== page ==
The line-up for Camp Alphaville 2015

Yes, 80 speakers and panelists will be presenting at our annual finance festival in London on July 1. Click the image for full details.

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Plus500 and the FCA

So, what should we make of Plus500′s “Further statement and clarification” issued on Friday, after the Aim market authorities suspended shares in the Israel-based but London-listed Contract for Difference broker?

Lets give it a Fisking, and try to think about what happens next, in light of the notice published by the Financial Conduct Authority on Friday, which indicates Plus500′s marketing methods are part of the regulatory conversation. First, here’s the company:

Plus500, a leading online service provider for retail customers to trade CFDs internationally, is today issuing the following statement to respond to recent speculation regarding the current status of Plus500UK’s dialogue with the FCA, in particular in relation to the fact that Plus500UK has “in recent weeks been implementing certain enhanced client on boarding and Anti-Money Laundering processes”.

In response to recent speculation? Read more

“Power blogger”

From the people who brought you ‘Vanity Capital’

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Markets Live: Friday, 22nd May, 2015

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Plus500 on a Cable Car ride – Update 2

Update 2: shares resumed, following a statement of sorts.

The Company can confirm that on 9 January 2015, its UK subsidiary, Plus500UK Limited (“Plus500UK”), was required by the FCA under section 166 of the Financial Services and Markets Act 2000 (“Section 166″) (see notes) to appoint a Skilled Person to conduct a review of its Anti-Money Laundering (“AML”) and financial sanction systems and other related regulatory controls.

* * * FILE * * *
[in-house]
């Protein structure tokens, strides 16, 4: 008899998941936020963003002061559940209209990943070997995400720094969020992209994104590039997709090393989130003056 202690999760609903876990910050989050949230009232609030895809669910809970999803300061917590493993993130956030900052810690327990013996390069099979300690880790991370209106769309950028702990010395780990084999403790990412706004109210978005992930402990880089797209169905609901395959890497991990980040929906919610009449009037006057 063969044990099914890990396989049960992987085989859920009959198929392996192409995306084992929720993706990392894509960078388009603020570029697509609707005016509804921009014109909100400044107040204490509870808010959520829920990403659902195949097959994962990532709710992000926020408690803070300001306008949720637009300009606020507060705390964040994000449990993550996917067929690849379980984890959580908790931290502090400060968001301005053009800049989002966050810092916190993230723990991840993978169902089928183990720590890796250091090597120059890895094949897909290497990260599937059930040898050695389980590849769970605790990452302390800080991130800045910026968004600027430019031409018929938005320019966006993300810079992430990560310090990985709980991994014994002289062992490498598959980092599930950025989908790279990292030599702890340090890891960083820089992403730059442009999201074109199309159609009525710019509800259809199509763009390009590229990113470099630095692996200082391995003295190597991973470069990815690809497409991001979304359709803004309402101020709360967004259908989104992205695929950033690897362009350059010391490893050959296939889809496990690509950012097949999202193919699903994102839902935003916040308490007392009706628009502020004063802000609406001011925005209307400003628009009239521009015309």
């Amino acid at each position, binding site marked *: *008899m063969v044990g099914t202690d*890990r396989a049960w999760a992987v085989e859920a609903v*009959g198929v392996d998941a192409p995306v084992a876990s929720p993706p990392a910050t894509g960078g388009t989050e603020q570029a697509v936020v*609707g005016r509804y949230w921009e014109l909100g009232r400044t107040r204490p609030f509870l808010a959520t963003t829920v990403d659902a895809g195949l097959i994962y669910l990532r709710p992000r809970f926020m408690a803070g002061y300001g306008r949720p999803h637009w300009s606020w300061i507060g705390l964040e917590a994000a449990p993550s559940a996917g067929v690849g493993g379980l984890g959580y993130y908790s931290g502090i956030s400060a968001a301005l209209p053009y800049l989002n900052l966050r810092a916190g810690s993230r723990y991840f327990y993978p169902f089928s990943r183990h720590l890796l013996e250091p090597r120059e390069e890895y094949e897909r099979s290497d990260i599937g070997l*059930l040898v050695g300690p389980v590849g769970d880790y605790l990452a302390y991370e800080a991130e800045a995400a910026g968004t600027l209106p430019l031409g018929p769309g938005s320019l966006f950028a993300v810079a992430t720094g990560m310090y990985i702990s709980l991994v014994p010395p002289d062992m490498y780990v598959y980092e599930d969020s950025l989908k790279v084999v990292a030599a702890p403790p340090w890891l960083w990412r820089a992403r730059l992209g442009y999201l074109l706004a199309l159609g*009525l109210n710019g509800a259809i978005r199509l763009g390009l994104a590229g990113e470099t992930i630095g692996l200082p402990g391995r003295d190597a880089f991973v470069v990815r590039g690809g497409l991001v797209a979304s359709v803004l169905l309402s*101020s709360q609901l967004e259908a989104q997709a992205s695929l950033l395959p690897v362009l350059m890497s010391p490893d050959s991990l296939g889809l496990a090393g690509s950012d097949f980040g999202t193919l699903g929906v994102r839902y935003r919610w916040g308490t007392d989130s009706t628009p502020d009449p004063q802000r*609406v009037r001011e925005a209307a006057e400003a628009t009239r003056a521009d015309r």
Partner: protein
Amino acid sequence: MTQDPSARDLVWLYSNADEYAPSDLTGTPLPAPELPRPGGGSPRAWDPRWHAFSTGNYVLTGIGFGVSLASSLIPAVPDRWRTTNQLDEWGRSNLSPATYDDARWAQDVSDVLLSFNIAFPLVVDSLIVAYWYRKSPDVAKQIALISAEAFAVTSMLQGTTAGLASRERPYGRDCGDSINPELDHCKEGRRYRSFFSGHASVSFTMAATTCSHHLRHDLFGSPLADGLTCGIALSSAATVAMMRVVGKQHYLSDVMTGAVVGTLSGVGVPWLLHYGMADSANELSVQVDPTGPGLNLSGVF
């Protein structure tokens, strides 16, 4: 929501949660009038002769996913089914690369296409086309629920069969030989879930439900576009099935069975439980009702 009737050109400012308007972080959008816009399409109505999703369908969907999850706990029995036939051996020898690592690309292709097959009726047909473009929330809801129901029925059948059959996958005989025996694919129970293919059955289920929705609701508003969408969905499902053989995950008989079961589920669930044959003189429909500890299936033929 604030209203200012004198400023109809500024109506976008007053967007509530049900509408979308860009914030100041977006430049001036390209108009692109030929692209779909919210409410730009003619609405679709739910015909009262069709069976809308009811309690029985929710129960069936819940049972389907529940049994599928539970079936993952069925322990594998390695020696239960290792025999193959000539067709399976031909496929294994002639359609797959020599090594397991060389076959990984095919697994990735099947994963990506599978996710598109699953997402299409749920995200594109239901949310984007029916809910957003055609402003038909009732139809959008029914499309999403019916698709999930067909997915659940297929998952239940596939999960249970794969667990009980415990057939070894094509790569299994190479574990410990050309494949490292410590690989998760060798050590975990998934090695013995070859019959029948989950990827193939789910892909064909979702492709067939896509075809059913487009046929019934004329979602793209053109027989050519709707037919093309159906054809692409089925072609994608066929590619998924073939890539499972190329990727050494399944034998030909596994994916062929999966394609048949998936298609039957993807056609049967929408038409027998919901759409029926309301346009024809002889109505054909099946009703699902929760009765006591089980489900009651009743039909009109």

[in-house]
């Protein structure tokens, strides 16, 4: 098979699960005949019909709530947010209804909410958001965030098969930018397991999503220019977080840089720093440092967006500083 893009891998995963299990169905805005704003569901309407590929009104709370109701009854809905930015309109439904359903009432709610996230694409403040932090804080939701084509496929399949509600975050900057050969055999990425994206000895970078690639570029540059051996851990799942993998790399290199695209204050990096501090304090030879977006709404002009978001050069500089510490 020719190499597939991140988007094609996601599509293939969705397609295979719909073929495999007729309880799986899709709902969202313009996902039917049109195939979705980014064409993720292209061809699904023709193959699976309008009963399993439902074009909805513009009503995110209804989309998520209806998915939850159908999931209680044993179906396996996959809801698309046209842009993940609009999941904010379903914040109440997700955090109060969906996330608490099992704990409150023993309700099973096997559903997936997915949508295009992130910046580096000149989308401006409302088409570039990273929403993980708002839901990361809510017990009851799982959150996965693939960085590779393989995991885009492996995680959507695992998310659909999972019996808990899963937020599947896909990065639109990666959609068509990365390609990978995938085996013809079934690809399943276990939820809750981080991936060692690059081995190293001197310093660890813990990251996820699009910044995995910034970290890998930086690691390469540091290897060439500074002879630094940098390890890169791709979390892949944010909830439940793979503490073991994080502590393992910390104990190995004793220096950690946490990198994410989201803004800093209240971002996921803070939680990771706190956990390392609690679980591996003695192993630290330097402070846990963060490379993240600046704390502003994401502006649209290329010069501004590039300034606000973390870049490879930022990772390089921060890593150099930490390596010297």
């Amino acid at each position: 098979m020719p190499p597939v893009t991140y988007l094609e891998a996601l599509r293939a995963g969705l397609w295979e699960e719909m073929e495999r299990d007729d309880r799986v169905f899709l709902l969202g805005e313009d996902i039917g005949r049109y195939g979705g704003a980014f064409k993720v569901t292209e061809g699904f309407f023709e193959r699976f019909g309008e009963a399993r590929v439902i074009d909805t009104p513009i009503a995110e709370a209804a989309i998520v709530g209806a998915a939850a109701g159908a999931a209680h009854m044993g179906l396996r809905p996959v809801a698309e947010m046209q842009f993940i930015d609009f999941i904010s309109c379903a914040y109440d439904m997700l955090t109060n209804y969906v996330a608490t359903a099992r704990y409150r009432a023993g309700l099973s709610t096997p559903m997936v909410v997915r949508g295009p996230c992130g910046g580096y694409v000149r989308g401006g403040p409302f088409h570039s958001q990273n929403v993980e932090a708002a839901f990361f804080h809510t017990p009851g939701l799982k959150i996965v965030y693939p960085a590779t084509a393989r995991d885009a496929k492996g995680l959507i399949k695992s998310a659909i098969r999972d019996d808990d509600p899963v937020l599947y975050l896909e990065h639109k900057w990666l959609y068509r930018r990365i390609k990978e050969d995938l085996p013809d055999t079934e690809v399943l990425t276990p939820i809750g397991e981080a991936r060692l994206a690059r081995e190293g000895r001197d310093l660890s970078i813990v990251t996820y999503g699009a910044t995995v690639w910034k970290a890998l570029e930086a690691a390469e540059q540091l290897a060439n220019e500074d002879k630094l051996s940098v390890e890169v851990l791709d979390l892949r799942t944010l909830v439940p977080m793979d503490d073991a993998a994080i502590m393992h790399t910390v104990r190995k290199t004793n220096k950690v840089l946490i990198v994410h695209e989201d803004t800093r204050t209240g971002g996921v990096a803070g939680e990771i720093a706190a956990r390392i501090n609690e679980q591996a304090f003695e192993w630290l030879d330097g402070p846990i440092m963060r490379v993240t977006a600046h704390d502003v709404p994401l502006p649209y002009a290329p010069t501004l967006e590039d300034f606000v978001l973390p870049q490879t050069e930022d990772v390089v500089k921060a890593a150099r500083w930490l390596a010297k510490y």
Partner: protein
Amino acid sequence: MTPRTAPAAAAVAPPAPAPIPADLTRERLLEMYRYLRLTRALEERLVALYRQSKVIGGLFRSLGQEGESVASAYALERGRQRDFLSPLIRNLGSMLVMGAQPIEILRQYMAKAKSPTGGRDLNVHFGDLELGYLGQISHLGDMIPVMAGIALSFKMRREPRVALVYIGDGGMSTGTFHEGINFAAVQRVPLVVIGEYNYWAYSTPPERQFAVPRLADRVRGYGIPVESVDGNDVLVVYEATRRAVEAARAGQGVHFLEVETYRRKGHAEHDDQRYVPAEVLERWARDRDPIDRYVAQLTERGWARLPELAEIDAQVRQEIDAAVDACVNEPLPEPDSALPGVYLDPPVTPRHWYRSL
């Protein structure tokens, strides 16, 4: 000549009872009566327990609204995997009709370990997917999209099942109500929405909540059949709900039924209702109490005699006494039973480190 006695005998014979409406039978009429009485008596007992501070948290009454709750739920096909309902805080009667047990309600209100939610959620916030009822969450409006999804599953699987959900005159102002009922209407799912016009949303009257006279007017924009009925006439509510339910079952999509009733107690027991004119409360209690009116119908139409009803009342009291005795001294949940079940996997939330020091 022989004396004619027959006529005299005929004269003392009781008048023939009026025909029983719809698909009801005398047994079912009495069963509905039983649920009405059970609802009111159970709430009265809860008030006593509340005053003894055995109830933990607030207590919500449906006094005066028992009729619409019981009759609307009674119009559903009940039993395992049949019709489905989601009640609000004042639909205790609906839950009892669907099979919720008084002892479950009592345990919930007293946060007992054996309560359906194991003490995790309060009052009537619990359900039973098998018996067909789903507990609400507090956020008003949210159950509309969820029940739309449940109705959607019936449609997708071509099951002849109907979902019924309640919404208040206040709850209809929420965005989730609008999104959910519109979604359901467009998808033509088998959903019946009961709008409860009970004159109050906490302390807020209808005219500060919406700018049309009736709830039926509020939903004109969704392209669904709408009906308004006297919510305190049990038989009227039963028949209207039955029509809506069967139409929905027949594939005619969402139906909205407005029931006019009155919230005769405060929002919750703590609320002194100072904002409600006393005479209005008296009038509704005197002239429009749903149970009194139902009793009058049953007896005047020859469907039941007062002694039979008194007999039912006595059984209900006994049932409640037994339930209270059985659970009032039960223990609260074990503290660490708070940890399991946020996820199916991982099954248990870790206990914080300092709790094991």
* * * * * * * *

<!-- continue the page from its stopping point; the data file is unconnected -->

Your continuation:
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China: staggered reform on one side, equities on the other

From SocGen’s Wei Yao, a chart we’re very tempted to plonk beside one of China’s equity markets:

Actually… Read more

Further reading

Elsewhere on Friday,

- Banks will keep doing FX stuff that got them in trouble.

- A good ‘mathiness’ fight summary.

- Stanley Fischer on the Monnet vision of European progress (and the need for an expansionary fiscal policy).

- Finance behemoths don’t like volatility and want to regulate it away.

- Bubble indicator x: this VC raised $123,456,789 in its first funding round. Because “we just wanted to have a little fun with it.”  Read more

FT Opening Quote – Yellen may be telling

Janet Yellen could give a telling speech later today on the state of the US economy and the likelihood of interest rate rises this year. The Fed Reserve’s chairwoman is preceded by speeches from her counterparts in the UK, Japan and the eurozone. There’s also a new CEO for Whitbread been named and concern about condoms from the CMA. FT Opening Quote with commentary by City Editor Jonathan Guthrie is your early City briefing. You can sign up for the email here.  Read more

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Asian markets are higher today, with China’s Shenzhen Composite on track for its best weekly performance since Beijing launched stimulus measures during the financial crisis of 2008. Read more

Jawbone debunks Modigliani-Miller. When’s the crash?

A privately-held tech company is desperate for cash.

In this age of “decacorns“, you might think it would raise equity from overeager venture investors. But Jawbone, which competes with, among others, Apple, decided to borrow $300 million from Blackrock. Dan Primack thinks this financing choice creates value:

Structuring this deal as debt instead of as equity also allows the San Francisco-based company to maintain a $3 billion valuation it reportedly received last fall. That means it needn’t reprice existing employee stock options, and gives it upside flexibility when recruiting new employees. Plus, Jawbone doesn’t take the kind of ‘falling unicorn’ PR hit that could cause potential customers to purchase from more stable vendors.

This flies in the face of standard corporate finance theory. Franco Modigliani and Merton Miller both won Nobel prizes in economics for arguing that the underlying value of a company doesn’t depend on its capital structureRead more

Calling all hoverboard manufacturers…

We have just a few spaces remaining for young fintech-focused firms wanting a bit of exhibition space at Camp Alphaville, our annual finance festival in London on July 1.